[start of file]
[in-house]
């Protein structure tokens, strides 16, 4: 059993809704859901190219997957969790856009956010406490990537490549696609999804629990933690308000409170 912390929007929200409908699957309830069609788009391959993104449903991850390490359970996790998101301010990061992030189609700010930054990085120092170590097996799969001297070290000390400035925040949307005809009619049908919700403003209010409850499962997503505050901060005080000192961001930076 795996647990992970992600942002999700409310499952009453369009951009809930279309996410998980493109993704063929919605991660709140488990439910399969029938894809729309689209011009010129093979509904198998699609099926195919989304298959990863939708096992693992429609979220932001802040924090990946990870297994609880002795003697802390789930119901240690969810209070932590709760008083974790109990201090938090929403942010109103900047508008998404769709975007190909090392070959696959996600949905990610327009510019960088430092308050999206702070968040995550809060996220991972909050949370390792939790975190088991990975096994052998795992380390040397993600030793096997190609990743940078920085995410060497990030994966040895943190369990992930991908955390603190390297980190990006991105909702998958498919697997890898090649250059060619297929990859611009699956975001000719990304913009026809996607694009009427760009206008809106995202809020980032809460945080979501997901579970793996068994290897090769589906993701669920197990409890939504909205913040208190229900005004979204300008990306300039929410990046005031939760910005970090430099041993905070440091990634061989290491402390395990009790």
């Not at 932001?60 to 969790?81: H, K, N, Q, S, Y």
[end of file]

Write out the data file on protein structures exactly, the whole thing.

[in-house]
């Protein structure tokens, strides 16, 4: 059993809704859901190219997957969790856009956010406490990537490549696609999804629990933690308000409170 912390929007929200409908699957309830069609788009391959993104449903991850390490359970996790998101301010990061992030189609700010930054990085120092170590097996799969001297070290000390400035925040949307005809009619049908919700403003209010409850499962997503505050901060005080000192961001930076 795996647990992970992600942002999700409310499952009453369009951009809930279309996410998980493109993704063929919605991660709140488990439910399969029938894809729309689209011009010129093979509904198998699609099926195919989304298959990863939708096992693992429609979220932001802040924090990946990870297994609880002795003697802390789930119901240690969810209070932590709760008083974790109990201090938090929403942010109103900047508008998404769709975007190909090392070959696959996600949905990610327009510019960088430092308050999206702070968040995550809060996220991972909050949370390792939790975190088991990975096994052998795992380390040397993600030793096997190609990743940078920085995410060497990030994966040895943190369990992930991908955390603190390297980190990006991105909702998958498919697997890898090649250059060619297929990859611009699956975001000719990304913009026809996607694009009427760009206008809106995202809020980032809460945080979501997901579970793996068994290897090769589906993701669920197990409890939504909205913040208190229900005004979204300008990306300039929410990046005031939760910005970090430099041993905070440091990634061989290491402390395990009790």
């Not at 932001?60 to 969790?81: H, K, N, Q, S, Y």